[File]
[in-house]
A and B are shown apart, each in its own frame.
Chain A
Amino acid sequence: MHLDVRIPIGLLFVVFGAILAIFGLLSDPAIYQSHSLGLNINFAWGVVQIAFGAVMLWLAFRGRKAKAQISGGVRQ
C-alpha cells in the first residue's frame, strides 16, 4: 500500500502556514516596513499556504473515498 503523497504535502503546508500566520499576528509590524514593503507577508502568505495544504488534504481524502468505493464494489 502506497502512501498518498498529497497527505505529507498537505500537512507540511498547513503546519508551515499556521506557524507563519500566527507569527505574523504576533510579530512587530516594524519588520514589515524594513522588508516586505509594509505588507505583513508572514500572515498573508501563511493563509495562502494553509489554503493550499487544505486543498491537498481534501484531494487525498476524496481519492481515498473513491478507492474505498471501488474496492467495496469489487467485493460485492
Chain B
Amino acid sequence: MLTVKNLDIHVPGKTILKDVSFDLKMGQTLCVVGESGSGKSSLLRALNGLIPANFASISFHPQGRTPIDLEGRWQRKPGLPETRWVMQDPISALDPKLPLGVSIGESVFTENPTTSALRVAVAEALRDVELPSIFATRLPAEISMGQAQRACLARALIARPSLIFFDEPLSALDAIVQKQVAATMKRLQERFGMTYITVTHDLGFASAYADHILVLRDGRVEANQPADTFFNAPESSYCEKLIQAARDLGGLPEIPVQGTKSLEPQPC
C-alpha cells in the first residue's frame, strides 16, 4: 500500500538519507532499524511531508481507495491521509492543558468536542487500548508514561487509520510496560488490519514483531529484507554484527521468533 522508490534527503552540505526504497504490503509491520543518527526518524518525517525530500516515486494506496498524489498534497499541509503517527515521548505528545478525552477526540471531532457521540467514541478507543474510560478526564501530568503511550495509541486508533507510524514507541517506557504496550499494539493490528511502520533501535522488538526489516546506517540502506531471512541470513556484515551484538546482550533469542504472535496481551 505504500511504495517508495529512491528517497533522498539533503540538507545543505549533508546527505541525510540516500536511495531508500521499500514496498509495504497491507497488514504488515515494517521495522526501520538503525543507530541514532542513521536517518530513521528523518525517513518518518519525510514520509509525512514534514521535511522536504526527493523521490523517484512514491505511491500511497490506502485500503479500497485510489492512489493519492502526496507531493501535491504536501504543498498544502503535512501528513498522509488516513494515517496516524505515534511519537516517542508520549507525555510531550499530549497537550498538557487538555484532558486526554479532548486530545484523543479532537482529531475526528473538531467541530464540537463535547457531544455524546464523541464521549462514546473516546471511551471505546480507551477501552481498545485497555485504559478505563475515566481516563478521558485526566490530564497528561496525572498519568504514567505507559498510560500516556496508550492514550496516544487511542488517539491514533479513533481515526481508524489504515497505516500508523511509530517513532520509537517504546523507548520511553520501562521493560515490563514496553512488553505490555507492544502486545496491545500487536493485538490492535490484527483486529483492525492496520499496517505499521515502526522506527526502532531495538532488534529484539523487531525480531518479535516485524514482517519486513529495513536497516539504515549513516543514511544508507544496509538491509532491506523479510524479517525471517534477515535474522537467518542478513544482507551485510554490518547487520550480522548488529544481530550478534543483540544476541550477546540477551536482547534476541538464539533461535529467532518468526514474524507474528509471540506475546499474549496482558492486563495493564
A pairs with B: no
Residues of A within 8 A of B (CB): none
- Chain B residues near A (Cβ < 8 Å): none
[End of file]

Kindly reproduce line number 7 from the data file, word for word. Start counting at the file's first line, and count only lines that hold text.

Amino acid sequence: MLTVKNLDIHVPGKTILKDVSFDLKMGQTLCVVGESGSGKSSLLRALNGLIPANFASISFHPQGRTPIDLEGRWQRKPGLPETRWVMQDPISALDPKLPLGVSIGESVFTENPTTSALRVAVAEALRDVELPSIFATRLPAEISMGQAQRACLARALIARPSLIFFDEPLSALDAIVQKQVAATMKRLQERFGMTYITVTHDLGFASAYADHILVLRDGRVEANQPADTFFNAPESSYCEKLIQAARDLGGLPEIPVQGTKSLEPQPC